Of course, all our conversations assume that traditional trainers want to move forward. I don't see sweeping evidence of that in my physical (rather than virtual) world. What I do see is an increasingly widening gulf between the tech-savvy and the classroom-bound. Maybe they'll be left behind, maybe they'll find themselves unemployable, maybe we will see organizations holding on for years more to the classroom/schoolhouse model.

What do you see?

9 comments:

Dave Ferguson said...

I agree with the tech challenge, though training/learning people in organizations have the additional hurdle of overcoming obstacles like firewalls.

The language-practice blog is a terrific idea. Along those lines, I've ranted for years that one of the biggest tech boosts to learning is for an on-the-job computer system to have a robust practice mode.

Let people enter new mortgage-loan applications or tax assessments or travel reservations. Let them tinker, play, cancel, rebook, and do all the things they'd do on the job.

As for the letting go--I'm still recovering from a comment I saw the other day; the individual looked warily at online training and noted how essential it was to "police the learning."

Jane Bozarth said...

Hey, Dave, and thanks for the comments. I agree with 'firewall' issue in theory, but folks who don't take the time to learn a technology will never make a good case to IT for opening up the firewall or letting folks have access. (No, I won't go into my "Be the change!" rant again.)

RE your final chilling comment: when folks new to elearning (yes, there are still lots) contact me their questions tend to fall in one of 2 areas:
"How can I make our online training engaging and effective?"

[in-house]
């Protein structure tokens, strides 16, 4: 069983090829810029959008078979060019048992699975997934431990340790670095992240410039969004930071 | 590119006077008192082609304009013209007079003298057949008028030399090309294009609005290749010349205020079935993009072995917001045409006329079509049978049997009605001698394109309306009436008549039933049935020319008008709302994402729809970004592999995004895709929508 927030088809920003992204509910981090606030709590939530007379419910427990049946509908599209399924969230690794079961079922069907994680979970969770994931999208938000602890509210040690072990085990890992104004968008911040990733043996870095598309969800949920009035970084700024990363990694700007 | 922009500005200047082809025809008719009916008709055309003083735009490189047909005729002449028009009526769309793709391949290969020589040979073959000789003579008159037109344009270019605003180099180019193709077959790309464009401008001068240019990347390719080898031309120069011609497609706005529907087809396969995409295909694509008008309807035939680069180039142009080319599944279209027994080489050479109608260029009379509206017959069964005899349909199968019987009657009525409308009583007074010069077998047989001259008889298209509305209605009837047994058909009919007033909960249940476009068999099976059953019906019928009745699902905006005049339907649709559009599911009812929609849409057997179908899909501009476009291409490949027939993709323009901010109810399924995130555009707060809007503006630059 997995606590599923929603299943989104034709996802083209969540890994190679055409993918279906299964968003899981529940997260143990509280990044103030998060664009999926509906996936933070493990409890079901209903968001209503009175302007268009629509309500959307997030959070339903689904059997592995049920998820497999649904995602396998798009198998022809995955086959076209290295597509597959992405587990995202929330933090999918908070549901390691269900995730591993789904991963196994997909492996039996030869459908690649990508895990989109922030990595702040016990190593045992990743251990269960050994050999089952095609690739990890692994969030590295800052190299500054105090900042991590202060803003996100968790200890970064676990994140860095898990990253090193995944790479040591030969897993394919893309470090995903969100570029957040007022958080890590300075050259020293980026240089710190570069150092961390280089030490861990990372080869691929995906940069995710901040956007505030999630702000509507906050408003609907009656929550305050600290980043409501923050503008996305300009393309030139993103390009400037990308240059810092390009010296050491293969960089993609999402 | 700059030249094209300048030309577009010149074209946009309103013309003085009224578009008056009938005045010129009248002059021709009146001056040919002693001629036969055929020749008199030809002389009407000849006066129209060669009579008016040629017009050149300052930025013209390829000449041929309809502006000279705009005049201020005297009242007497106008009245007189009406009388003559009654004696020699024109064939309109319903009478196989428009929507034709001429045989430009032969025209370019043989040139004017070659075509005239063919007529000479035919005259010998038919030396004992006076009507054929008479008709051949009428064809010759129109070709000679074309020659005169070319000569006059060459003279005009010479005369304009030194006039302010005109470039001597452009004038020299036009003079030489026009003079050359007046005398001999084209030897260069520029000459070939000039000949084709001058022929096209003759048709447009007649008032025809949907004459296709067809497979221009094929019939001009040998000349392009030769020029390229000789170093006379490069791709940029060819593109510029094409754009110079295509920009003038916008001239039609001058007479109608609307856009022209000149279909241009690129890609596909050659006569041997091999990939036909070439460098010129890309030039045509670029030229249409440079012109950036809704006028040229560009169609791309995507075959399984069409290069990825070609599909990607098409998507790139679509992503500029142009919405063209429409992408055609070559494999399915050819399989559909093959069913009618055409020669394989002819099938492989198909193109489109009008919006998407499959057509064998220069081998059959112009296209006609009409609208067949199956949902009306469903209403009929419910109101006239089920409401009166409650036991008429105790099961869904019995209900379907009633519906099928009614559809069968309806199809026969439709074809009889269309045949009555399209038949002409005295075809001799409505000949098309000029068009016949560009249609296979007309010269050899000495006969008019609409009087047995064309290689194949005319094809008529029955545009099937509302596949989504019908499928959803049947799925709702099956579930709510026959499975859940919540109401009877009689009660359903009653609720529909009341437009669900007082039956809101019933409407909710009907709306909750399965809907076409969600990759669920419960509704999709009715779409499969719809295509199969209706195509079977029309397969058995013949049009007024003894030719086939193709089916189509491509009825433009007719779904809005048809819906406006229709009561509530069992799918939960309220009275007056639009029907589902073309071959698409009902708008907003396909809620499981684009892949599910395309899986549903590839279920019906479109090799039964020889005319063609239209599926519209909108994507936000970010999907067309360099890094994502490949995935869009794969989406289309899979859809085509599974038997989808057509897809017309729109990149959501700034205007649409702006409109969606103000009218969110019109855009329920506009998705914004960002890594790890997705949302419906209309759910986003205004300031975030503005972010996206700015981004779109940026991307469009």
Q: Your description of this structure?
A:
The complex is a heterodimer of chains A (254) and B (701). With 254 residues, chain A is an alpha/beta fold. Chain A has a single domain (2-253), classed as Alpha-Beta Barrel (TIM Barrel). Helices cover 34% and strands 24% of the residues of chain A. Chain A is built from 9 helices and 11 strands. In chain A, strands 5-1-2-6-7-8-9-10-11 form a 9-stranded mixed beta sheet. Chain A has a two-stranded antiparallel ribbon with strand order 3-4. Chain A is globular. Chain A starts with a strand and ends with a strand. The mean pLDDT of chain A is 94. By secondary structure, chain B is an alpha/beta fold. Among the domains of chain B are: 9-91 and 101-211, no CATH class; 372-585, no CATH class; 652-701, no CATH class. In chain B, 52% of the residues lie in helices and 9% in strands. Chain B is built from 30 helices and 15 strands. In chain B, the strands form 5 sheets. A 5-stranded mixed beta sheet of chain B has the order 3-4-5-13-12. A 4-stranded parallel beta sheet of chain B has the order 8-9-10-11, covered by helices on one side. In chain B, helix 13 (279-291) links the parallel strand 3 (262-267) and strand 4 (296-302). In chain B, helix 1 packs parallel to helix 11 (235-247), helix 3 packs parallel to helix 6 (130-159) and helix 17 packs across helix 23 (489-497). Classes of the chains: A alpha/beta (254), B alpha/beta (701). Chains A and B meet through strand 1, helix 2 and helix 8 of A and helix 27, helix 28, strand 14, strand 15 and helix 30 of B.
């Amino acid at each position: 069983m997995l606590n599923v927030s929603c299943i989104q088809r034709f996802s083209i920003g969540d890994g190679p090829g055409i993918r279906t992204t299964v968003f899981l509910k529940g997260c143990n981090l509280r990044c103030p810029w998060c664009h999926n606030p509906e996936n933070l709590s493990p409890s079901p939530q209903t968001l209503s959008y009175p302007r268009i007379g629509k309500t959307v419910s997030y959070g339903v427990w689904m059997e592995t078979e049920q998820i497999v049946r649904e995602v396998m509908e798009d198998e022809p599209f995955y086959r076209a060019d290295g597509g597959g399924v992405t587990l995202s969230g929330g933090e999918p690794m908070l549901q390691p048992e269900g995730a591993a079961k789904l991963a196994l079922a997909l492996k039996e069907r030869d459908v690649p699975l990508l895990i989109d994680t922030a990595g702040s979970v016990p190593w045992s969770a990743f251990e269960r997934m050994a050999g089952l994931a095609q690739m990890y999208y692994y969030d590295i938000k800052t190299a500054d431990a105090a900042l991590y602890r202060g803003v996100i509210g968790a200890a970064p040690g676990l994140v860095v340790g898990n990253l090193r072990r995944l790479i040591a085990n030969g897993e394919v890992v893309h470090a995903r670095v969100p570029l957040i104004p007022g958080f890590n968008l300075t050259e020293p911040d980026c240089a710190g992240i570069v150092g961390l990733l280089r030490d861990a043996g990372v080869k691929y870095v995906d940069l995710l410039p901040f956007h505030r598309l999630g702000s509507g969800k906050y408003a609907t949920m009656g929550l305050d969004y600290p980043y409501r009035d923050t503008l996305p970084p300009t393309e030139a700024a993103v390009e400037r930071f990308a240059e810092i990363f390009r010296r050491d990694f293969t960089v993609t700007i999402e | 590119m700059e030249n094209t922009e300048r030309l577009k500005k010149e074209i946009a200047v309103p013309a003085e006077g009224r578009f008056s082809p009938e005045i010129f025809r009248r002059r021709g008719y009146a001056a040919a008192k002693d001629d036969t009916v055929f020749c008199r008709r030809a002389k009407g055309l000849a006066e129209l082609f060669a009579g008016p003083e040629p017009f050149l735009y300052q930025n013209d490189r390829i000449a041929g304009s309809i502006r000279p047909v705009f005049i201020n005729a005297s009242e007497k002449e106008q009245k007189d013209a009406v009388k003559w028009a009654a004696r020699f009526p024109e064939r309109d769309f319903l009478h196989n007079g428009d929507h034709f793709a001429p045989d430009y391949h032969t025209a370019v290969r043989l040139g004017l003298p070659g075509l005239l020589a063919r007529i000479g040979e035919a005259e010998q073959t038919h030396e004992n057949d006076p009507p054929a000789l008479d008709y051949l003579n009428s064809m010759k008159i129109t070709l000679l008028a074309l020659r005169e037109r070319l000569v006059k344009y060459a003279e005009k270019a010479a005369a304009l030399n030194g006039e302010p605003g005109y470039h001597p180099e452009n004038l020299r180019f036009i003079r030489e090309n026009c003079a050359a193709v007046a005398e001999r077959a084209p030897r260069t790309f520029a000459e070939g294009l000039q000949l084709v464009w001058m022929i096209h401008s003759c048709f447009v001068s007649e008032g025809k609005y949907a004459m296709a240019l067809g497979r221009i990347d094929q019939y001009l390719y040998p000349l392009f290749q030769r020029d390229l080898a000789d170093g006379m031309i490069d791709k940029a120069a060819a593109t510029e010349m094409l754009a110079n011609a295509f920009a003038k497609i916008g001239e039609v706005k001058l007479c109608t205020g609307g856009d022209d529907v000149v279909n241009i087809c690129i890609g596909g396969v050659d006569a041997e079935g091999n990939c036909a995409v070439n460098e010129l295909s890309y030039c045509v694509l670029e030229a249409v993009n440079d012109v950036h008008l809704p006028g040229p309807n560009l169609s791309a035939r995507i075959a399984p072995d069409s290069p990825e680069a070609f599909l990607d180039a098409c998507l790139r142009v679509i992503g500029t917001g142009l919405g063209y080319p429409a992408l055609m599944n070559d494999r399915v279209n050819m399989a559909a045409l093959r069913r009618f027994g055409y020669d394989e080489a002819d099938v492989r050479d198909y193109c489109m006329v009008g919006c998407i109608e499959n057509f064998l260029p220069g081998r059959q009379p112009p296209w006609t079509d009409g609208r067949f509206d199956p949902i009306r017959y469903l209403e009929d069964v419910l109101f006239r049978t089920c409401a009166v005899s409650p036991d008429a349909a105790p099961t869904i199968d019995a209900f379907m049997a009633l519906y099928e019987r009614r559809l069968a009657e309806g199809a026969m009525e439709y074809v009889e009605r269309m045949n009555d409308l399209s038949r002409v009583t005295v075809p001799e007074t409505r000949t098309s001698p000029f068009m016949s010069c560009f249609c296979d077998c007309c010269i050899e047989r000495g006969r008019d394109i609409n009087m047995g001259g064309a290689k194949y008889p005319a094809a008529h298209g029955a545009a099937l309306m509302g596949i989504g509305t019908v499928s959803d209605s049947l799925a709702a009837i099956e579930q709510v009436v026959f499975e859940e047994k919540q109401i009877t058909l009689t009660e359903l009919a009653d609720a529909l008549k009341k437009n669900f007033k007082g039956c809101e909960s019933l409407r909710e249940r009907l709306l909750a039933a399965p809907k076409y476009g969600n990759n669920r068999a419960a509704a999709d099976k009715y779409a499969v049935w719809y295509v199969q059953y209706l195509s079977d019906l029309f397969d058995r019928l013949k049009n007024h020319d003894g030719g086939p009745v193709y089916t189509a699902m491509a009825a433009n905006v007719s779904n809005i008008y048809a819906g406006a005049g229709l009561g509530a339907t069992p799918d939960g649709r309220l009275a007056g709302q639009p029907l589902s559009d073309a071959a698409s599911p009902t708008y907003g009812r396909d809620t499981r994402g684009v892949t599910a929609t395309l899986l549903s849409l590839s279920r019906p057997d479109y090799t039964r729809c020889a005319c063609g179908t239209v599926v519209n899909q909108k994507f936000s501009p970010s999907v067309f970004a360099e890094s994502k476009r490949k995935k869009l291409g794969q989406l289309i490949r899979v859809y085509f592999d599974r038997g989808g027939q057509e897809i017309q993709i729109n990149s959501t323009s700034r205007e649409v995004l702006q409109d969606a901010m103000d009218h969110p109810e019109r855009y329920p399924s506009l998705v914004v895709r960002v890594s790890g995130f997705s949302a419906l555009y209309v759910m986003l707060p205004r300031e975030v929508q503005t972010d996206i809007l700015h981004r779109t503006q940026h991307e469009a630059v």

Or
"How can I manage/track/monitor the online training?"

The first ones I can help. The second ones, well, I can't see that they're really interested in training in the first place.

Jimmie Garcia said...

Hola, Jane! I am afraid I see the same widening gap as you. This was the first year I have been able to attend the ASTD conference and I was shocked at the low-level of skill and knowledge of training I saw with most of the attendees. They were mostly still interested in presentation skills! Many seemed to be spending a lot of time reinforcing one another's belief that technology-based training was ineffective. They certainly were nowhere near Tweeting or working in Second Life. I don't see them remaining viable in the workplace of the future, but as you say, the workplace may not yet care about that.

Aynsley said...

This blog is resourceful for HRD designs and programs.

Aynsley said...

This blog is resourceful to know the different challenges that we go through as HRD professionals.

Jane Bozarth said...

Hi Aynsley. Thanks!

Carissa said...

I think this is a great way to compare diversity and relate it to HRD. This can help show how to embrace change and diffrences between generations and the changes in technology that come along for the ride. It will help show how diversity effects our learning and not just people.

Kat said...

What I find interesting though, is that in a traditional lecture setting (whether it is in a classroom or at a conference) is that the "learners" are really embracing technology - but unfortunately they are texting/twittering from their mobile devices and not paying attention to the lecture at all!

Jane Bozarth said...

Kat, I just the opposite. Many who twitter from a lecture setting, including me, often post tweets of critical pieces of information, key points, or important questions. I find it helps me focus and look for the key points, which ofte presenters aren't good at highlighting on their own. Check Twitter for any conference name preceded by a hashtag: #astd09, or #devlearn, and you'll see what I mean.